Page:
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Citizens Here And Abroad
Ghosts Of Tables And Chairs
Omnibus Records
www.citizenshereandabroad.com


From the moment I put this disc in my player, I knew I was going to have problems with it. Citizens Here and Abroad's debut, Ghosts Of Tables And Chairs, is precisely the kind of album that I, as an indie rock fan, am supposed to adore. It's chock-full of all the right sensitive, co-ed, shoegazer influences: Yo La Tengo, Sonic Youth, a bit of Belle and Sebastian, even. The problem lies in the fact that, while it is pretty, it doesn't really go anywhere. It's like bad sex: you keep waiting for the climax, but it never comes. Perhaps this impression comes from the pale vocals-beautifully blended, but overall thin and lifeless. I've never been able to get into that breathy, noncommittal sound, which makes it very difficult for me to commit to it myself.

So, in an attempt at objectivity, I listened to the album twenty times in a row to see if it would grow on me. Happily, parts of it did. "Appearances" has a great hook and slightly more verve than the average track. "Count Each One" has a beautiful build (unfortunately it plateaus into a pleasantly numb gallop, but at least it HAS a build). "Your Own Hand" sounds like a wonderful Joy Division cover, which is a welcome variation to the theme. And overall, the album is consistently and masterfully produced. The thing that is still irritating after several listens, though, is this: there's a fine line between continuity and redundancy, between subtlety and placidity, and the Citizens ride that line throughout the entire album. Forget I said that. They cross back and forth over that line so often that it's just a blur throughout the entire album.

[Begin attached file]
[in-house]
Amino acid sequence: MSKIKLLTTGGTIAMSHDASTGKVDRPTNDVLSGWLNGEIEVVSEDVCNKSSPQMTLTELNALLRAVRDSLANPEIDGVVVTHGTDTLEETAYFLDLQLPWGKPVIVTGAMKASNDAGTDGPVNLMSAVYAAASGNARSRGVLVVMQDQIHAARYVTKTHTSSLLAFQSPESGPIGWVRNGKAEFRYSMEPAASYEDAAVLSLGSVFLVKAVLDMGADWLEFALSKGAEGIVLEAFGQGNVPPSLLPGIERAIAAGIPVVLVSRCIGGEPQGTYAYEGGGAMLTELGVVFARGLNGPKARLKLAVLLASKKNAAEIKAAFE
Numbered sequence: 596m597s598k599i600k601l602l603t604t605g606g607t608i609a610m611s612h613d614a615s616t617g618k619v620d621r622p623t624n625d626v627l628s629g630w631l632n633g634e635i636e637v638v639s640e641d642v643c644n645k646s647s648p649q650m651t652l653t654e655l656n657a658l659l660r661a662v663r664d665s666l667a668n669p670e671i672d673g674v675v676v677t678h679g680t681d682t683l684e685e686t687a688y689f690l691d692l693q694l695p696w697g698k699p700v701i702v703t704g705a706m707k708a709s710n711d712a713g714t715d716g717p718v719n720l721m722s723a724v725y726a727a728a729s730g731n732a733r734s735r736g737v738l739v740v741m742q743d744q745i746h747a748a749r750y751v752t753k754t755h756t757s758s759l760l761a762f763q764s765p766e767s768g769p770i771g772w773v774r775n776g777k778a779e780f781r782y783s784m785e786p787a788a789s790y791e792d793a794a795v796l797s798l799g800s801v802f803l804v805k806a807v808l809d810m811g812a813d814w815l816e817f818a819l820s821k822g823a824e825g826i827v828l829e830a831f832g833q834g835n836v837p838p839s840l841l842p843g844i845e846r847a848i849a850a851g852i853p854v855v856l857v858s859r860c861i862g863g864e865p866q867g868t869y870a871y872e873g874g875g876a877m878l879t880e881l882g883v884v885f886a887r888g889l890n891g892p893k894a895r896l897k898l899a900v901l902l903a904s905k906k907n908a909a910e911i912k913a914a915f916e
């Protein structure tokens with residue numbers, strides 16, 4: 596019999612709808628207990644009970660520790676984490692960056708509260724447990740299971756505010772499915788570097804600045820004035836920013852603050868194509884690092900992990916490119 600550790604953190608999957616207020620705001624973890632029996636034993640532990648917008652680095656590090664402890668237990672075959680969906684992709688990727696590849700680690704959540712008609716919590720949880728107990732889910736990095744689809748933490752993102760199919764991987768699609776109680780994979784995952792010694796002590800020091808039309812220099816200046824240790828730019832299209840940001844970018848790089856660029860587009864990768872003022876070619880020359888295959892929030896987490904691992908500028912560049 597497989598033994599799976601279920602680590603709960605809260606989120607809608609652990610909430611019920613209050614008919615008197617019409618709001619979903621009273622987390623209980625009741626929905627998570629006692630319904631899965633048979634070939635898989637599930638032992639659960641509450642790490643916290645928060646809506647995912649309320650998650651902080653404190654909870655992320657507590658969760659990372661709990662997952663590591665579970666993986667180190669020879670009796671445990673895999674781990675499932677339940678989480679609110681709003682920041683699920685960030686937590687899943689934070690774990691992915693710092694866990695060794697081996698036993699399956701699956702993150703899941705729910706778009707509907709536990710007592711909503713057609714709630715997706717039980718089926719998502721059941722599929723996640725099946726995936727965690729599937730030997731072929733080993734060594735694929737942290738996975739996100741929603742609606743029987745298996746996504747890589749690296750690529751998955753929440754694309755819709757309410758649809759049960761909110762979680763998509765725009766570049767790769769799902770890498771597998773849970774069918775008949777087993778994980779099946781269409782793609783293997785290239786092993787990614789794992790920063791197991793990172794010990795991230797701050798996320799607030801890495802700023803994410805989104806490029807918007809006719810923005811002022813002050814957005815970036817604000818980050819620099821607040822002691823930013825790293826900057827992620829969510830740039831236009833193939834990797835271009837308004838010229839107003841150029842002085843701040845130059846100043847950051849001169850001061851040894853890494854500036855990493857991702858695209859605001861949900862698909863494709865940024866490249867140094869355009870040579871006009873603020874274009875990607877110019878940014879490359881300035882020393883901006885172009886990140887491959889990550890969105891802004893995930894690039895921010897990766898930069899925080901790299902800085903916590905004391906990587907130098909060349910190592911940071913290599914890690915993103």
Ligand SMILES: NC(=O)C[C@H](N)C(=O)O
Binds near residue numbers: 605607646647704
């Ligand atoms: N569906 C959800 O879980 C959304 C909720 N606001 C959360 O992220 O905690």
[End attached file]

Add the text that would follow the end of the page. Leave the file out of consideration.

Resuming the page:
And another thing-it's a little too neat and tidy. I always get a bit antsy when an album so thoroughly fits into a scene like this. They just have that definite Pacific Northwest indie flavor. What label are they signed to? Barsuk? Sub Pop? Hush? Jade Tree? Oh, that's right: Omnibus Records. Same difference. Actually, I have a deep respect for those labels - and most of the bands signed to them - but the general idea is for the labels to find bands that fit their sound, as opposed to bands tailor-making their sound to fit on a particular label. But hey, the music is pretty, so who cares.

Are you confused? Has this review wavered between admiration and sarcastic criticism? Well don't blame me. The music's the one sitting on the fence; I just followed it here.

- Emily Strong

Track Listing:

1. The Voices
2. Microphone
3. Appearances
4. Enter the Elevator
5. Count Each One
6. Change of Scene
7. They Stay
8. Your Own Hand
9. In-Flight Movie
10. You Drive and We'll Listen To Music


 

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